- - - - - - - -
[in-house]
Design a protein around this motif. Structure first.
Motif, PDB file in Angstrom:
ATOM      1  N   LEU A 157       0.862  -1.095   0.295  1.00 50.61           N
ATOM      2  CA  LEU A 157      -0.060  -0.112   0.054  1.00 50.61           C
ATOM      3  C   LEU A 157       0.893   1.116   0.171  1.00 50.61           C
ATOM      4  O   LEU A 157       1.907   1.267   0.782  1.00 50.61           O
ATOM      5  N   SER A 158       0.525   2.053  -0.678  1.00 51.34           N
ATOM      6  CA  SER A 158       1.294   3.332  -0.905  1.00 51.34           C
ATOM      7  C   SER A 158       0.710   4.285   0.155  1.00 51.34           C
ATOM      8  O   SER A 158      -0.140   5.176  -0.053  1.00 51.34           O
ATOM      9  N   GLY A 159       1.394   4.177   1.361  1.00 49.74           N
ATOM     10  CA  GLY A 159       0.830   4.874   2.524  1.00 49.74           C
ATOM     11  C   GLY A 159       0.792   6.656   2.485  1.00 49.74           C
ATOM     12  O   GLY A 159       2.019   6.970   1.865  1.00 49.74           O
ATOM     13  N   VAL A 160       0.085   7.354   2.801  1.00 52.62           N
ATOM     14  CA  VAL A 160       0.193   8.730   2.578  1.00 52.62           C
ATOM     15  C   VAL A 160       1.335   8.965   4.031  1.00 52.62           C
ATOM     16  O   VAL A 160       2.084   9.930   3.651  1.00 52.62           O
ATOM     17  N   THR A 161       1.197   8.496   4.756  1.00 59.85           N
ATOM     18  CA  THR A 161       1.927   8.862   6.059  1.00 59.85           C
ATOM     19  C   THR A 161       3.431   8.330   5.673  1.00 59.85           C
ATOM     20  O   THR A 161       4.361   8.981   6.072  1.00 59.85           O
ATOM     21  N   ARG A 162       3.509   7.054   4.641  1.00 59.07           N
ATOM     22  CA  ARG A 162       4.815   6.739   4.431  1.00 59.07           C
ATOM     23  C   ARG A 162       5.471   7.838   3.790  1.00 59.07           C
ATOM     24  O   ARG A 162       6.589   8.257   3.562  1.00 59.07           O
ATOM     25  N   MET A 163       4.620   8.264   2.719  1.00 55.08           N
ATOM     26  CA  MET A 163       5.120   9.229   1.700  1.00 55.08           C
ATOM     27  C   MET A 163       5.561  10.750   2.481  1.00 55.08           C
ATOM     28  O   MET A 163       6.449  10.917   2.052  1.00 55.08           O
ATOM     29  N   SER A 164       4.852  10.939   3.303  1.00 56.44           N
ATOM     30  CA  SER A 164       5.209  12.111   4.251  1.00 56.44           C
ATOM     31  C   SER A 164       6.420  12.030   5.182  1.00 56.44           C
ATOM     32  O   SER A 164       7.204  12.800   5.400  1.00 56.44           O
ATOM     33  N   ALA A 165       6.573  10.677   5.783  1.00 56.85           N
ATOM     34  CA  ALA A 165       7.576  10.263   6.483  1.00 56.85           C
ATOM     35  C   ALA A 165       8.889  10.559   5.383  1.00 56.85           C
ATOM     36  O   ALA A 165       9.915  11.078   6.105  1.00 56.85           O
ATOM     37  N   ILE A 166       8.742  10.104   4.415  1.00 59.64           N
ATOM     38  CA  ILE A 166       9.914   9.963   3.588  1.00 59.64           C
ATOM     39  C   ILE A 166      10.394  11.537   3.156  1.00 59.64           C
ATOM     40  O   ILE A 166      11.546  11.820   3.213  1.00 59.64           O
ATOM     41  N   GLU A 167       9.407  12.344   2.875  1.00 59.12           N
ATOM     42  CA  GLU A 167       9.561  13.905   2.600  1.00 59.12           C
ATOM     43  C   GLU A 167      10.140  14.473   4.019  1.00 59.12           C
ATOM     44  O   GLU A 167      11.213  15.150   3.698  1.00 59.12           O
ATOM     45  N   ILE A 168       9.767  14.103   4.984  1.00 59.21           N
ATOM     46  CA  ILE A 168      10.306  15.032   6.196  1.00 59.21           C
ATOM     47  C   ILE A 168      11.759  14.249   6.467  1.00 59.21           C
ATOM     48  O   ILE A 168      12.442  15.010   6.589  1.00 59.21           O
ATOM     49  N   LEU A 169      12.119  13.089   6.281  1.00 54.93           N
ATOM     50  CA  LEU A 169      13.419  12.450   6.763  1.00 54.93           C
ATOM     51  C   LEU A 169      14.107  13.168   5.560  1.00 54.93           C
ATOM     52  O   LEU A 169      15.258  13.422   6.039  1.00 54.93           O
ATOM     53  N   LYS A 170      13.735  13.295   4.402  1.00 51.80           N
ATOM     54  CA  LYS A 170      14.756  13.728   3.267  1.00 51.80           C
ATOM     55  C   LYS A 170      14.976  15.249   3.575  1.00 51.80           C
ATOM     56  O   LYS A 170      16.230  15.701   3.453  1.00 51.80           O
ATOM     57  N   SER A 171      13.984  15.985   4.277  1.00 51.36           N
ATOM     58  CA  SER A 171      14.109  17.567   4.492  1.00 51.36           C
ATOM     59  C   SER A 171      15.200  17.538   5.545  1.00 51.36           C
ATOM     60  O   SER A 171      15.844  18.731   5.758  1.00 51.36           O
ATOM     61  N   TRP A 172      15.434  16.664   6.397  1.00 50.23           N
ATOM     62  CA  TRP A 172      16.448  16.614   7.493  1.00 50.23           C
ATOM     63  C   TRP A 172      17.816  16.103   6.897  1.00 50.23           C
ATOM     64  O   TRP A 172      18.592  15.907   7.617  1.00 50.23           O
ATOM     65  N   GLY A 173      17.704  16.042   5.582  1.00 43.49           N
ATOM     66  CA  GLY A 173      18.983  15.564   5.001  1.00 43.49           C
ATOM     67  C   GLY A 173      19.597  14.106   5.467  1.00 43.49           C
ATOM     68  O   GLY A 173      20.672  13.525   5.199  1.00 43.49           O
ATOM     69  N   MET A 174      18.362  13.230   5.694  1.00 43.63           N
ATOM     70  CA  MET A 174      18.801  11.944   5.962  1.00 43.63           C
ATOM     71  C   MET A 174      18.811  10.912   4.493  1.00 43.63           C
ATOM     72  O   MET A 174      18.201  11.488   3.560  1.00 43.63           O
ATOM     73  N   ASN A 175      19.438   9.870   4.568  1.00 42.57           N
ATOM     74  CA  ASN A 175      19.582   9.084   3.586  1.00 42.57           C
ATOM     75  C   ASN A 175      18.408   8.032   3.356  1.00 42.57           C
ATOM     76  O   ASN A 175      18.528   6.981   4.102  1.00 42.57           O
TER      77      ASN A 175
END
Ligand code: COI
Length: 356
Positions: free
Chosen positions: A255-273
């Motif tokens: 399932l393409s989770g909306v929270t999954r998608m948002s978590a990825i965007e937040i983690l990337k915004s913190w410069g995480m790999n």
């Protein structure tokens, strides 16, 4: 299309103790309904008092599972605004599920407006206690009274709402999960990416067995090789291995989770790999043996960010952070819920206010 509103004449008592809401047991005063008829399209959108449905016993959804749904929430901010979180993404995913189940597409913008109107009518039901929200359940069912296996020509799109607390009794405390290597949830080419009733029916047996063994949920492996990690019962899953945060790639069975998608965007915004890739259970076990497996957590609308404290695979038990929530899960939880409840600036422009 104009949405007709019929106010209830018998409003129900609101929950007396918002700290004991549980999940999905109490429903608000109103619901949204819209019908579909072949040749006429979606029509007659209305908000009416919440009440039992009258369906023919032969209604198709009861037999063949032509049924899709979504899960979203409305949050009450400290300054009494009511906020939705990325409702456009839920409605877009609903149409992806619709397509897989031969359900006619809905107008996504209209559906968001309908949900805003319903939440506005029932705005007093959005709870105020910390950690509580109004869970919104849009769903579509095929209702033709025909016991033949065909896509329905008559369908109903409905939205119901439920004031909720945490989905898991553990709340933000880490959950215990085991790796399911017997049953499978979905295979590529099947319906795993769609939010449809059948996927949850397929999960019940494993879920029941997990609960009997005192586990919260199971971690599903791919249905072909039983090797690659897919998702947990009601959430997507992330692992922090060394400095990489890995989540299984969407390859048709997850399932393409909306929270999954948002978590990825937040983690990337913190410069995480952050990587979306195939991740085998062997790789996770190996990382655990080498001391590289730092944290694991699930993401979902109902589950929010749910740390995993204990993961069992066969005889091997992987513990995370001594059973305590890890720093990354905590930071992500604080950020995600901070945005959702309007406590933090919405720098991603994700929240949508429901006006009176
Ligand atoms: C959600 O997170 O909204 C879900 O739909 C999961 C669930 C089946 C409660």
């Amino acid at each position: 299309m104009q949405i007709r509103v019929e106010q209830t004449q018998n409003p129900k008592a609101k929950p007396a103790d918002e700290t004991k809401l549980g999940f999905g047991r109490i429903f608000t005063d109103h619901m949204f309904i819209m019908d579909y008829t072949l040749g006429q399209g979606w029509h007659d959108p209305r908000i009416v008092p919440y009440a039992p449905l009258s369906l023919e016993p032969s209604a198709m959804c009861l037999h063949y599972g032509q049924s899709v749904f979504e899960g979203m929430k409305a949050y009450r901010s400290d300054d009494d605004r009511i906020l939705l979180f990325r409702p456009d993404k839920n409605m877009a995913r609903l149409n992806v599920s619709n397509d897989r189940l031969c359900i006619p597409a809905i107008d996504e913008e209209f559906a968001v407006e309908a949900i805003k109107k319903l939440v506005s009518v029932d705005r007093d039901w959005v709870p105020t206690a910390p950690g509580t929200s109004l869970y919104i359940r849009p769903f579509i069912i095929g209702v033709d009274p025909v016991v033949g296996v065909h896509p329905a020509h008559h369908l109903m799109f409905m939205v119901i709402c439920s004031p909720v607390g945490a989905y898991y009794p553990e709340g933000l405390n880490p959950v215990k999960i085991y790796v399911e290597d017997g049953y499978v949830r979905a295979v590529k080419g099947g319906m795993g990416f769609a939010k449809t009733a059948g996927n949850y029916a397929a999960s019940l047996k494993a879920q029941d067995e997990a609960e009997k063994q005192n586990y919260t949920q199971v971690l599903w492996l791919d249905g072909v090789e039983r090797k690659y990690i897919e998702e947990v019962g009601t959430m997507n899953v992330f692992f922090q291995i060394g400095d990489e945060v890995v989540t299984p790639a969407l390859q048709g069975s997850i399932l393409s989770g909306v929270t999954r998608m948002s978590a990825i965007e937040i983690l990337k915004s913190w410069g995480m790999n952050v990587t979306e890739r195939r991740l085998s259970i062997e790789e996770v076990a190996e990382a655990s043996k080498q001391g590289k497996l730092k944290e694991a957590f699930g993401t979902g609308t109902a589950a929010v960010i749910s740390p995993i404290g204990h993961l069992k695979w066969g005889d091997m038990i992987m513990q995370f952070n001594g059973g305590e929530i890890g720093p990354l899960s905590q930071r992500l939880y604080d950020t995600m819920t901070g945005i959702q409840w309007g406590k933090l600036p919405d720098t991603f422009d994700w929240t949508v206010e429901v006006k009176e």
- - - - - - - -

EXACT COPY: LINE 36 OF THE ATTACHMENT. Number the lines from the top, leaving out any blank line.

ATOM     33  N   ALA A 165       6.573  10.677   5.783  1.00 56.85           N